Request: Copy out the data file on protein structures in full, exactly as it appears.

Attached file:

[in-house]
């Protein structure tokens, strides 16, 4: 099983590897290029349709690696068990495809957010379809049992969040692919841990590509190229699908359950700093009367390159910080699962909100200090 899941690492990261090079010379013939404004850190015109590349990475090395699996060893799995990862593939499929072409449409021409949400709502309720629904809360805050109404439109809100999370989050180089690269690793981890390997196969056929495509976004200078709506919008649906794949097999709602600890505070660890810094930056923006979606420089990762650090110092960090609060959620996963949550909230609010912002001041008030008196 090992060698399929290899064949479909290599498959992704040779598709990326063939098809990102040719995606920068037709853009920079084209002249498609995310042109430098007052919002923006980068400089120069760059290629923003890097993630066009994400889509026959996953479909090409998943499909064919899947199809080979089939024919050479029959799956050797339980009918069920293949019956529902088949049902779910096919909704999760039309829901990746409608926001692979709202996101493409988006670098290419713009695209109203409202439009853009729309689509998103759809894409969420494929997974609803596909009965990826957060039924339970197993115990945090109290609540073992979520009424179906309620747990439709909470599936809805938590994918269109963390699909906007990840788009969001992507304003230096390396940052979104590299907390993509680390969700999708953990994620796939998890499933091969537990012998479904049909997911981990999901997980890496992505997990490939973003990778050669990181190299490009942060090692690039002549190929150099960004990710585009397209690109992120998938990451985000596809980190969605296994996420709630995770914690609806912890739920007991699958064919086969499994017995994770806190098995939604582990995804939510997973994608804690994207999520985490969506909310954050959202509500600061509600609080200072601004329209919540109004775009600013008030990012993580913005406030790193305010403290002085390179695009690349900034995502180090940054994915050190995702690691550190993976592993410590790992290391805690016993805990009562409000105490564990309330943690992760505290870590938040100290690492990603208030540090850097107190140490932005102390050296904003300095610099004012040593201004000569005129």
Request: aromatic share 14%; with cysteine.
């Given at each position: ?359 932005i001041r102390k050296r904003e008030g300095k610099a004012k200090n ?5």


[in-house]
């Protein structure tokens, strides 16, 4: 099983590897290029349709690696068990495809957010379809049992969040692919841990590509190229699908359950700093009367390159910080699962909100200090 899941690492990261090079010379013939404004850190015109590349990475090395699996060893799995990862593939499929072409449409021409949400709502309720629904809360805050109404439109809100999370989050180089690269690793981890390997196969056929495509976004200078709506919008649906794949097999709602600890505070660890810094930056923006979606420089990762650090110092960090609060959620996963949550909230609010912002001041008030008196 090992060698399929290899064949479909290599498959992704040779598709990326063939098809990102040719995606920068037709853009920079084209002249498609995310042109430098007052919002923006980068400089120069760059290629923003890097993630066009994400889509026959996953479909090409998943499909064919899947199809080979089939024919050479029959799956050797339980009918069920293949019956529902088949049902779910096919909704999760039309829901990746409608926001692979709202996101493409988006670098290419713009695209109203409202439009853009729309689509998103759809894409969420494929997974609803596909009965990826957060039924339970197993115990945090109290609540073992979520009424179906309620747990439709909470599936809805938590994918269109963390699909906007990840788009969001992507304003230096390396940052979104590299907390993509680390969700999708953990994620796939998890499933091969537990012998479904049909997911981990999901997980890496992505997990490939973003990778050669990181190299490009942060090692690039002549190929150099960004990710585009397209690109992120998938990451985000596809980190969605296994996420709630995770914690609806912890739920007991699958064919086969499994017995994770806190098995939604582990995804939510997973994608804690994207999520985490969506909310954050959202509500600061509600609080200072601004329209919540109004775009600013008030990012993580913005406030790193305010403290002085390179695009690349900034995502180090940054994915050190995702690691550190993976592993410590790992290391805690016993805990009562409000105490564990309330943690992760505290870590938040100290690492990603208030540090850097107190140490932005102390050296904003300095610099004012040593201004000569005129």
Request: aromatic share 14%; with cysteine.
């Given at each position: ?359 932005i001041r102390k050296r904003e008030g300095k610099a004012k200090n ?5």